With six wins by knockout and seven by submission, he’s well-rounded. However, grappling is the strongest facet of his game and his best path to victory over Vargas.
Primarily a striker (seven knockouts and three submissions), Vargas is 1-2 in the UFC, finally securing his first win in the promotion (by decision) in his last bout against Zhu Rong last April.
Pimblett does offer openings on the feet but has never been knocked out due to his iron will. Vargas’ weakness is more problematic, especially in this fight. With his poor takedown defence (25%), he’ll end up on his back where Pimblett will sink in a submission or ground-and-pound his way to a TKO win.
Shamil Abdurakhimov (3.45) v Sergei Pavlovich (1.30) (Heavyweight)
Everyone, especially at heavyweight, has a puncher’s chance, but this curious piece of matchmaking strongly points to a passing of the torch from a Russian veteran to his younger countryman.
At 40, 10th-ranked Abdurakhimov (20-6) is coming to the end of his career and has suffered back-to-back knockout losses. Pavlovich (14-1), in contrast, is just beginning to hit his straps, with consecutive knockout wins taking the 29-year-old’s KO tally to 11 and seeing him break into the top 15.
In a clash of strikers, Pavlovich’s not only significantly younger, faster and more agile but will also have an unheard-of eight-inch reach advantage. He’ll put the veteran down.
Molly McCann (1.71) v Luana Carolina (2.15) (Flyweight)
With her all-action style, infectious personality and the demons she’s slain to get where she is today, McCann (11-4) is one of the most beloved and respected female fighters worldwide, but especially in her native England, so strap in for a wild rollercoaster ride.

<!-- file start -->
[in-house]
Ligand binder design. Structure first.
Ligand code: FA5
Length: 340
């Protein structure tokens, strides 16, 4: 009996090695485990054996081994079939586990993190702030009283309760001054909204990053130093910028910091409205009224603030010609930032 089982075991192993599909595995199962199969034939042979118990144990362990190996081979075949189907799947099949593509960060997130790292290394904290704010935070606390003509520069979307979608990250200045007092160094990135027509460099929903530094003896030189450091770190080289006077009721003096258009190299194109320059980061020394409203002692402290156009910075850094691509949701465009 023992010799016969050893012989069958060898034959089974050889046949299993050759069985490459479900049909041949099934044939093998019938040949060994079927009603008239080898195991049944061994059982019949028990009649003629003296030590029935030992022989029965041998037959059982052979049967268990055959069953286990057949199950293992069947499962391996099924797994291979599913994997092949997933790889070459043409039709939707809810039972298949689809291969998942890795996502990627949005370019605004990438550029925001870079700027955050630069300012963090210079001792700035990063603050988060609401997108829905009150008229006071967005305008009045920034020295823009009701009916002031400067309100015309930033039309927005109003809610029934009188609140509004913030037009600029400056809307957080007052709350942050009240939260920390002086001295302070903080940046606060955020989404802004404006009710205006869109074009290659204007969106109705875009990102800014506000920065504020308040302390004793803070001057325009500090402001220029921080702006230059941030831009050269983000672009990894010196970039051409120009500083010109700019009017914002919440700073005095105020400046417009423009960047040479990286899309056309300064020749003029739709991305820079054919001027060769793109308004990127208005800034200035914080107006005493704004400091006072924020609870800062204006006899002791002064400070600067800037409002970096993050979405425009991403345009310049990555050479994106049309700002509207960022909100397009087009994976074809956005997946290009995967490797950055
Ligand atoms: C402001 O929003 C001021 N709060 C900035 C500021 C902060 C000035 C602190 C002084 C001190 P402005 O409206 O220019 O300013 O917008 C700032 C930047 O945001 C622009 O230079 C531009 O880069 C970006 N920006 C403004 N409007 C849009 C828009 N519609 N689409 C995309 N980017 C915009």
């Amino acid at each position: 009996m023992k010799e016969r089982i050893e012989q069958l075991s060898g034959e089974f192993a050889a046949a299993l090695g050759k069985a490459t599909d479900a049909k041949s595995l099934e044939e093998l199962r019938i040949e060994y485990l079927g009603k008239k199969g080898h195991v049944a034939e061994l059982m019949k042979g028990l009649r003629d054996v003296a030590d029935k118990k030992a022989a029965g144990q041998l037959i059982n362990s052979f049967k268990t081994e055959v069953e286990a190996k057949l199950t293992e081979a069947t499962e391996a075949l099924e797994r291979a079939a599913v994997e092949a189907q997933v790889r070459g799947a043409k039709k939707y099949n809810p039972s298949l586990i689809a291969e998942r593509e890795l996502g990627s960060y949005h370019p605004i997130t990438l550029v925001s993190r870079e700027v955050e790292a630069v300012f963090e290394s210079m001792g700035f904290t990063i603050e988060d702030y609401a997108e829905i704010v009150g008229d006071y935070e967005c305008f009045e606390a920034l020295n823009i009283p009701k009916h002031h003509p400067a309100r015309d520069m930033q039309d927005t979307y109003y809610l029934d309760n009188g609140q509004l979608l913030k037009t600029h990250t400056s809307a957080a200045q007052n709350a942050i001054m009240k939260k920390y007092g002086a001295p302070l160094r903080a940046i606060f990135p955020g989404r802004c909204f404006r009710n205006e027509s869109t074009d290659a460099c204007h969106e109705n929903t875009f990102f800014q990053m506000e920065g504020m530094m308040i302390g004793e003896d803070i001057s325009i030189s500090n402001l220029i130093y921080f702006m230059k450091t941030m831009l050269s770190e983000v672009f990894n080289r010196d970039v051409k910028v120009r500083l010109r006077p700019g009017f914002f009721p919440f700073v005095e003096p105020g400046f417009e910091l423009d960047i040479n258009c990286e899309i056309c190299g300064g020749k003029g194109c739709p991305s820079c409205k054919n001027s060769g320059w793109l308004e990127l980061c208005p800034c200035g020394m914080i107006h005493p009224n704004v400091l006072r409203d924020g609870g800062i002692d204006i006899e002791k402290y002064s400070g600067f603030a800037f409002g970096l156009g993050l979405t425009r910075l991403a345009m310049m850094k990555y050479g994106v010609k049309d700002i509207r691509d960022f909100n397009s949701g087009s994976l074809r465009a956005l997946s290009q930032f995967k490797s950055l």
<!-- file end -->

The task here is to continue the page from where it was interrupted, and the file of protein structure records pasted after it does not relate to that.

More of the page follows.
“Meatball” is a fearless slugger coming off a memorable win over Ji Yeon Kim that netted her a $50,000 performance bonus last September. She’ll be a supercharged bat out of hell in front of her home crowd. Carolina (8-2) won’t take a backwards step. The Brazilian is coming off back-to-back wins and will have a seven-inch reach advantage.
At 5’4″, McCann has made a career out of beating bigger and rangier opponents and packs a serious punch, which has earned her four knockouts. Carolina doesn’t have the power to keep McCann off her, so I see the latter rumbling to victory.
Gunnar Nelson (1.20) v Takashi Sato (3.45) Welterweight)
After more than a two-year layoff, Nelson (17-5) looks to return with a vengeance and a late change of opponent will aid him in that mission. Sato (15-4) steps in for fellow striker Claudia Silva, who had to withdraw due to injury last week.
“Gunni” has won all but one of his fights by stoppage. A Brazilian jiu-jitsu black belt of the highest order, he has a dozen submissions to his name and should have little difficulty tapping out Sato, whose grappling shortcomings cost him three of his four losses, including the most recent against Miguel Baeza.